The fact of the matter is that (as the ancient Boethusians and Sadducees observed) this offering was to take place on the first day of the week, after the weekly Sabbath which falls within the Feast of Unleavened Bread (Encyclopedia Britannica 11th Edition, p.889).
Because it was the Pharisees' opinion that made Temple policy and practice during Christ's lifetime, the Pharisees' mistake in counting did create a problem because the Pharisees caused the Lift Offering to be held on the wrong day.
How did God resolve this error caused by the Pharisees in order to allow Jesus to fulfill the prophetic symbolism of the Passover and the lift offering with exact detail and in chronological order?
Any serious student of Bible history knows that the Bible is full of dates on which certain events have occurred and will occur. History records many of these prophetic events occurring exactly as scheduled. It seems to be beyond comprehension that God the Father would allow the most important prophetic event of all time, not to happen exactly as scheduled.
The logical solution to this problem is that the year of Jesus' crucifixion, the 15th of Nisan, fell on a weekly Sabbath. This, in turn, made this Sabbath the first day during the Festival of Unleavened Bread, which is noted by the apostle John (Jn.19:31). The next day after this weekly Sabbath and Festival day was the 16th of Nisan.
In this way, the Pharisees and the Sadducees both were in agreement and held the ritual at the correct time. Thus, the requirements of God overcame the error of the Pharisees and the lifting up of his Son occurred at the lifting up of the grain of the first-fruits of the harvest in the Temple.
After the Lift Offering, all the new grain in the country could be used. People not near Jerusalem who would not know exactly when the offering had occurred were simply permitted to use the new harvest after noon on the 16th, because the Calendar Court and the priests would never be so lazy as to let the offering take place so late in the day.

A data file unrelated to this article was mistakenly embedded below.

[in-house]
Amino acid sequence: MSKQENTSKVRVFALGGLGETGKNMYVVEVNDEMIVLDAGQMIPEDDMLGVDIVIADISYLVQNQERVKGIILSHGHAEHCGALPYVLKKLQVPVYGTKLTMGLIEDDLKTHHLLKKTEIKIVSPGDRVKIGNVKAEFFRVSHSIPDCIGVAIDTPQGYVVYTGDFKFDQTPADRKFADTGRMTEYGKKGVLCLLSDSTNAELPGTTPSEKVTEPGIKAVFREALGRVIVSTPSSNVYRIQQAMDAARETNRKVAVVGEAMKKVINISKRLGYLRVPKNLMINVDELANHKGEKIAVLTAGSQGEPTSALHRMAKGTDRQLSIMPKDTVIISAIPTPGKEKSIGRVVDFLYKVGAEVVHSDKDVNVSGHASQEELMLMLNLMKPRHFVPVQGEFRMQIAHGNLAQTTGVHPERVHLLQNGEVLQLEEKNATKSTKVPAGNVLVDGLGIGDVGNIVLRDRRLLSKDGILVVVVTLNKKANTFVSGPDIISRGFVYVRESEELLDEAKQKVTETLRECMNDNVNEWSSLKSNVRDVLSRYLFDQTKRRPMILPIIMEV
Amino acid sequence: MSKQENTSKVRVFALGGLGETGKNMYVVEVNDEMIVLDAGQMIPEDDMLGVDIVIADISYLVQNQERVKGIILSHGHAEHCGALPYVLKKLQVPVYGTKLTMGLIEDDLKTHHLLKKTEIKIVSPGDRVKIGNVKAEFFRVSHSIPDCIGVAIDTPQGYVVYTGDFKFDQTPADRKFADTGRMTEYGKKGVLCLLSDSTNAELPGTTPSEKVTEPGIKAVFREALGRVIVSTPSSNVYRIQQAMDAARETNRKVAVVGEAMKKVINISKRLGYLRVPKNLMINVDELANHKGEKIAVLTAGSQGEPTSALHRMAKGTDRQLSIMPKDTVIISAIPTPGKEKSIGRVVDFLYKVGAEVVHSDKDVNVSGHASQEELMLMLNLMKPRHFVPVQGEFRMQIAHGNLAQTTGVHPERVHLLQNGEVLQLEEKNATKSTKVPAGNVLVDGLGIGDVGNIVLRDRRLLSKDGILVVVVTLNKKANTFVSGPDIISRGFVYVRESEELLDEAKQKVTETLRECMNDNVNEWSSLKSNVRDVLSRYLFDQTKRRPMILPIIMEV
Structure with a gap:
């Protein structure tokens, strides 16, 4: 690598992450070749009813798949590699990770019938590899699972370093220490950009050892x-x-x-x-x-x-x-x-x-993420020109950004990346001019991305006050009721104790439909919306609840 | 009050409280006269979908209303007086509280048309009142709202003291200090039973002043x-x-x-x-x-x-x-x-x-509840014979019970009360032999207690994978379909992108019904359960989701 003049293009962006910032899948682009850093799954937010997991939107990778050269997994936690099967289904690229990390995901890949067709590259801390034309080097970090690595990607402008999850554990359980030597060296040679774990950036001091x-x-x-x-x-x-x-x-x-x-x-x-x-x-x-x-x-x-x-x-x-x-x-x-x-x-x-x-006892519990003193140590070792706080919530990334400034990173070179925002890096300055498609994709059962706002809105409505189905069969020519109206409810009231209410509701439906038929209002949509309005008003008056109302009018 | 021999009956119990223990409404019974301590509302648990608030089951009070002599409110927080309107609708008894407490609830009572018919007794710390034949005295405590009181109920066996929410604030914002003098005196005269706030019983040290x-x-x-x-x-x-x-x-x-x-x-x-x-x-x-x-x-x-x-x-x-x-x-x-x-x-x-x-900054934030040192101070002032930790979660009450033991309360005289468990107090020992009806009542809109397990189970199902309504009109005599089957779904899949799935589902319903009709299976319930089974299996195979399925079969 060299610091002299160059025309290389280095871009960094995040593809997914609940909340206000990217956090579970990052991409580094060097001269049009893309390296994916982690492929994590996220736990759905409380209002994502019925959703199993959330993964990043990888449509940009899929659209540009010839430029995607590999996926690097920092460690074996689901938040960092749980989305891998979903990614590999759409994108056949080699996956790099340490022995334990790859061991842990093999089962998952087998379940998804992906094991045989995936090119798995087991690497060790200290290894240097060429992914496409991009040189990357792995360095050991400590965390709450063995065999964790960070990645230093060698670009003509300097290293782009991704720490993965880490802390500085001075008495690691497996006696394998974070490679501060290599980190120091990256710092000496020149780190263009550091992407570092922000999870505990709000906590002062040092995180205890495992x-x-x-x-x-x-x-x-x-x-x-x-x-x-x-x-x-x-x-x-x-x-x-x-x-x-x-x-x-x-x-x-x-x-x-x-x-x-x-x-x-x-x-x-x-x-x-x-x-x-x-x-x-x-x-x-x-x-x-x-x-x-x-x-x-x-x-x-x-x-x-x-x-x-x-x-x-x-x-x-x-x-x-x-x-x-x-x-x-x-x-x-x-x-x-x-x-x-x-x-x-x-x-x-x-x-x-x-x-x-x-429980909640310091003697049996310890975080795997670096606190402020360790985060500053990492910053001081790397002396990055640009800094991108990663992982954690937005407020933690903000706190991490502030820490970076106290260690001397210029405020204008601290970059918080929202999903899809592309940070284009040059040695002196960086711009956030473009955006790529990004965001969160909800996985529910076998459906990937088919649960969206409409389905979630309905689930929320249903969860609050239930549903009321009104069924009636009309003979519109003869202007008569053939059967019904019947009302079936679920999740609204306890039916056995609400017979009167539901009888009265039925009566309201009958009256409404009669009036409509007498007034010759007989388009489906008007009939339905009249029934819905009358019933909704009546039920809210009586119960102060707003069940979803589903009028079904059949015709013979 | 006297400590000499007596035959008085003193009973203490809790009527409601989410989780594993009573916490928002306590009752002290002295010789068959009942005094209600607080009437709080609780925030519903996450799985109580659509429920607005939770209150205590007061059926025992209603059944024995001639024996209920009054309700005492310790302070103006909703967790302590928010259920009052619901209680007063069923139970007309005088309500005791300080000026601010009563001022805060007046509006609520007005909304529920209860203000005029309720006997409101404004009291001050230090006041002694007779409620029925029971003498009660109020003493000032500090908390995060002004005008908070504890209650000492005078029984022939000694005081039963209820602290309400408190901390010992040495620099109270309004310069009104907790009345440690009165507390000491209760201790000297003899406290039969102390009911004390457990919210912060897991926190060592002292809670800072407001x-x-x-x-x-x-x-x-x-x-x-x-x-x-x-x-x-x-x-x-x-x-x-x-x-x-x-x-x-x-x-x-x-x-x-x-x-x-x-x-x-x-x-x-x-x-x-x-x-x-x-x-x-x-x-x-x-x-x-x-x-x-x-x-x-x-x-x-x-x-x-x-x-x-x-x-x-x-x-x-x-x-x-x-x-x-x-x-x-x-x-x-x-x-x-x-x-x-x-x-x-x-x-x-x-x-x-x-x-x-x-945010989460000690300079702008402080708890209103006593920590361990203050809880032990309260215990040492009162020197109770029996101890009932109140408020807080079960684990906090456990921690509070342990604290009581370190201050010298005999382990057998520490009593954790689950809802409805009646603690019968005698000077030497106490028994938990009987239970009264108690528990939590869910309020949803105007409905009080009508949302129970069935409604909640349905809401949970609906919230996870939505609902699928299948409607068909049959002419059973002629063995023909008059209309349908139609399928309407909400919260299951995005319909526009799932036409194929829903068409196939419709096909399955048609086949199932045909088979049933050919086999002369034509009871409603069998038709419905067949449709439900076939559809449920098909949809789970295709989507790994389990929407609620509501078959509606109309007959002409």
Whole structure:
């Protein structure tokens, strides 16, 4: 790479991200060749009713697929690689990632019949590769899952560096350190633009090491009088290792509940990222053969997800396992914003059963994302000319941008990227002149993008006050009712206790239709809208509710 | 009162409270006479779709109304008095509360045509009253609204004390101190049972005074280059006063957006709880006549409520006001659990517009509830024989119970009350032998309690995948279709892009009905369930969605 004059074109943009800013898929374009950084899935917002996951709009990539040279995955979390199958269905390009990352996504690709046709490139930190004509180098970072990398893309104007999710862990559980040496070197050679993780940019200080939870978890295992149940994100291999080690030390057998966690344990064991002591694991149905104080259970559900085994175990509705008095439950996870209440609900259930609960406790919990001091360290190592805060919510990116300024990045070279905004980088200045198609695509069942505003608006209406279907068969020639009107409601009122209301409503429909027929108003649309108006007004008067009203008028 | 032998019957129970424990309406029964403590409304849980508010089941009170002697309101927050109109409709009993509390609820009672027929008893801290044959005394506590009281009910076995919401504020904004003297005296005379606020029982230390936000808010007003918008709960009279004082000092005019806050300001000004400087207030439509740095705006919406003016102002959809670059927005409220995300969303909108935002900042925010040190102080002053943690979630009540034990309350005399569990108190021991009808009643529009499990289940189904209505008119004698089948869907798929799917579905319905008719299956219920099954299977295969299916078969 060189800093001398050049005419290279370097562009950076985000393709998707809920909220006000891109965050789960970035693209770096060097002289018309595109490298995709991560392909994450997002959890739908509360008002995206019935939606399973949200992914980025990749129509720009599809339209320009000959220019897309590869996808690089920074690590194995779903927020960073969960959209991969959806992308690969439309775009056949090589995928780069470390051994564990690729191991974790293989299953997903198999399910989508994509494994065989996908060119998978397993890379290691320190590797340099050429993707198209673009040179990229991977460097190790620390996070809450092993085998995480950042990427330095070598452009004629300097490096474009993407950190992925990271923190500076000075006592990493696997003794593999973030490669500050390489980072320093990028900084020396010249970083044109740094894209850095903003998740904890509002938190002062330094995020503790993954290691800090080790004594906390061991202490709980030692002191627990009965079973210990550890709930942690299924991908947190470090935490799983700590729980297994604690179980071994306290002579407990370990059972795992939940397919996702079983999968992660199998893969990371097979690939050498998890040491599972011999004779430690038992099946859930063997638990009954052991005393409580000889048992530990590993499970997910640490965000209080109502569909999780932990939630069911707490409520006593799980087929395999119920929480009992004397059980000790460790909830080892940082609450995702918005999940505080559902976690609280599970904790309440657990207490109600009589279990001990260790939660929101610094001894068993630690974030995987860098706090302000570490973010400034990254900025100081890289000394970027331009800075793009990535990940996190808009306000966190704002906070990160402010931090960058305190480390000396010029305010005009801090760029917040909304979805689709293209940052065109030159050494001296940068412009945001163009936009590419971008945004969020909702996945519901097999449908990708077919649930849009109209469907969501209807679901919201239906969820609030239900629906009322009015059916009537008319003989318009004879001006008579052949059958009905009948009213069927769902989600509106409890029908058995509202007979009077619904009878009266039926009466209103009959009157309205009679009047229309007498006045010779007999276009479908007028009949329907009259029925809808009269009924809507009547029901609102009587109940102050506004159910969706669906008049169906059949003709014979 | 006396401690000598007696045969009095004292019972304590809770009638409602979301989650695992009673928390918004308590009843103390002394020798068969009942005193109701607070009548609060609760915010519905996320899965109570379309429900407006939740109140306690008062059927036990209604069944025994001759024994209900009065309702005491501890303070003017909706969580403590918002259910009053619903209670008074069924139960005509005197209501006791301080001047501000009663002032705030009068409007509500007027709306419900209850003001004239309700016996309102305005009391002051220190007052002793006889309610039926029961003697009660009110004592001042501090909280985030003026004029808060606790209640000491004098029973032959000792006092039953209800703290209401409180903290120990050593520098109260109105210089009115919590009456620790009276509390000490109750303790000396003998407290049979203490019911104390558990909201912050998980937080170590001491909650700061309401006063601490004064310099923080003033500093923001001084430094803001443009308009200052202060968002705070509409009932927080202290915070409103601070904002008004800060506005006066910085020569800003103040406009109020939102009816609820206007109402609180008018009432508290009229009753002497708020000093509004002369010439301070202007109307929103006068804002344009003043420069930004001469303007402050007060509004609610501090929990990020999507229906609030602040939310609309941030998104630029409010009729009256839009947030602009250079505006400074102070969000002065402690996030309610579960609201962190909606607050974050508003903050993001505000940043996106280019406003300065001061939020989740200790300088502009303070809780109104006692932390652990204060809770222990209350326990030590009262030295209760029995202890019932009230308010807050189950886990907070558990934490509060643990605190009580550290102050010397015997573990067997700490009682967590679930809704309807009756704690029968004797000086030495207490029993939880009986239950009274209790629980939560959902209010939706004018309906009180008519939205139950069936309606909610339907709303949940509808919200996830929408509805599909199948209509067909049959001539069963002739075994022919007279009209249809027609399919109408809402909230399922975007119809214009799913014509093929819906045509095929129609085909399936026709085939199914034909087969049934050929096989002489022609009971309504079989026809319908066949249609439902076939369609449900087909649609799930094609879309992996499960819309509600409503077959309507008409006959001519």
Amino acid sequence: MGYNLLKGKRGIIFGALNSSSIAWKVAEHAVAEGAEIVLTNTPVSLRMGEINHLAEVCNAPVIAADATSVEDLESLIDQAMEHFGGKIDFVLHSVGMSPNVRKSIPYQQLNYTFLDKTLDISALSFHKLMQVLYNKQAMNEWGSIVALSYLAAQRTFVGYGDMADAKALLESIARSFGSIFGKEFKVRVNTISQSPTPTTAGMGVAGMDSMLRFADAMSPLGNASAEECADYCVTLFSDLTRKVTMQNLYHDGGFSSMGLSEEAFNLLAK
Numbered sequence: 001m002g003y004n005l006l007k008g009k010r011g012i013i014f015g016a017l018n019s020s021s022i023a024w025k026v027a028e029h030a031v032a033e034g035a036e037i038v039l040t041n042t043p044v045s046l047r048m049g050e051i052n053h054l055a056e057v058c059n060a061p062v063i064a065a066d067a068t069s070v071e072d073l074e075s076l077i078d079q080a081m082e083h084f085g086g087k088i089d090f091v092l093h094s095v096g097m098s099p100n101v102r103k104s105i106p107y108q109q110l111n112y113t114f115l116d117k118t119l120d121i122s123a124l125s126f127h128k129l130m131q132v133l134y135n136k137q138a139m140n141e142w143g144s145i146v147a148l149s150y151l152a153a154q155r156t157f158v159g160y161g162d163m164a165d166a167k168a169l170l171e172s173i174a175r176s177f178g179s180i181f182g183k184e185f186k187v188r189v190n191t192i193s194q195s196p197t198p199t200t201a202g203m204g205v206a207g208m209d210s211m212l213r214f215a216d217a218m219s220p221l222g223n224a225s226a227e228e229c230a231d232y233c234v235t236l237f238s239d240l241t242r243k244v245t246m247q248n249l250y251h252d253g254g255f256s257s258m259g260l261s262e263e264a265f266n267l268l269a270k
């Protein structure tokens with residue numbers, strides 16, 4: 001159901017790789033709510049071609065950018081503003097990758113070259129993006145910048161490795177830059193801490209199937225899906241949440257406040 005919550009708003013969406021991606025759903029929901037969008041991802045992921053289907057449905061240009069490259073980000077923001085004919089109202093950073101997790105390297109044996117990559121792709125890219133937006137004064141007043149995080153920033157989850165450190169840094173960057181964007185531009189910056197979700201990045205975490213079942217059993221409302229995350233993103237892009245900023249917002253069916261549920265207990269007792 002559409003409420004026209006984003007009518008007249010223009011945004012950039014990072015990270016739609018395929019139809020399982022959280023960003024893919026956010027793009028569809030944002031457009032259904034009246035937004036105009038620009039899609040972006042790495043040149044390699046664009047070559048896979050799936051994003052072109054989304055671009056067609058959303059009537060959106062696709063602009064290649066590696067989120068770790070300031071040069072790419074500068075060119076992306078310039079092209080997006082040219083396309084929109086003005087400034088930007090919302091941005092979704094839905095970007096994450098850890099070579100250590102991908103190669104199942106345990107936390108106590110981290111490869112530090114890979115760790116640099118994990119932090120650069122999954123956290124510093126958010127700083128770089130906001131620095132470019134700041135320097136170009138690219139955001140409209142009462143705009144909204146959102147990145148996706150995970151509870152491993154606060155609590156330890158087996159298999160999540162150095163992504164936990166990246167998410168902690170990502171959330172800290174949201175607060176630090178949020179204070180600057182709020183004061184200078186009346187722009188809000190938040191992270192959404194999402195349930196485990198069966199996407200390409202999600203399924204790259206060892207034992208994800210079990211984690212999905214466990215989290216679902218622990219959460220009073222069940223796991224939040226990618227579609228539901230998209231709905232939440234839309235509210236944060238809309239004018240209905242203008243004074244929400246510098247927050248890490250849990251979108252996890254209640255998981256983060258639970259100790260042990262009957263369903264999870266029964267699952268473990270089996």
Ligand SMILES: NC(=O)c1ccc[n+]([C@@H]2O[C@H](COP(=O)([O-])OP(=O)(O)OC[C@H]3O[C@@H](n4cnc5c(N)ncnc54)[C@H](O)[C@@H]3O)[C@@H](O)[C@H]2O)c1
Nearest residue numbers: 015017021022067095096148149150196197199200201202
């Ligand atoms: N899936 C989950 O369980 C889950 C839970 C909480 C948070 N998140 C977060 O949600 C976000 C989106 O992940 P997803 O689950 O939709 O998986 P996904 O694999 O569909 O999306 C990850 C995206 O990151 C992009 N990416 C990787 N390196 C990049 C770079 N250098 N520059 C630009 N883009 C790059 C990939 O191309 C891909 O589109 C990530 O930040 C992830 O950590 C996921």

Jesus The First-fruit of the Harvest
Jesus' fulfillment of the prophetic symbolism of the Lift Offering is direct Biblical proof of the time of Christ's death and resurrection. This offering also fixes the day of the crucifixion on a Friday—the day before the weekly Sabbath (Jn.19.31).
The evidence of the New Testament shows that Christ rose from the dead sometime during the first day of the week and rose up to meet his Father on that same day (Jn.20:17). It is therefore obvious that this Lift Offering of an omer of the first-fruits of the barley harvest was given on the morning following the end of the weekly Sabbath, and it pictured the resurrection of Christ and his going to heaven to be accepted by his Father as the first of the first-fruits of the harvest of humanity.
It is no wonder that Paul wrote so confidently that the resurrection of Jesus happened on the third day according to the scriptures:
"For even Christ our Passover is sacrificed for us" (1.Cor.5:7-8).
Paul understood the prophetic sequence of events that Jesus had fulfilled, which began on the 14th with the sacrifice of the lamb (Jesus) and culminated on the 16th with the offering of Jesus as the first-fruits of the harvest.
"But now is Christ risen from the dead, and become the first-fruits of them that slept. For since by man came death, by man came also the resurrection of the dead. For as in Adam all die, even in Christ shall all be made alive. But every man in his own order: Christ the first-fruits; after they that are Christ's at his coming" (1.Cor.15:20-23).
Jesus' victory over sin and death was complete; thus, the way for redemption for all who the Father calls to salvation is open. Jesus shared the human experience with mankind in order that humanity would have the opportunity to share in an eternal existence in the Family of God.
By B.L. Cocherell b5w38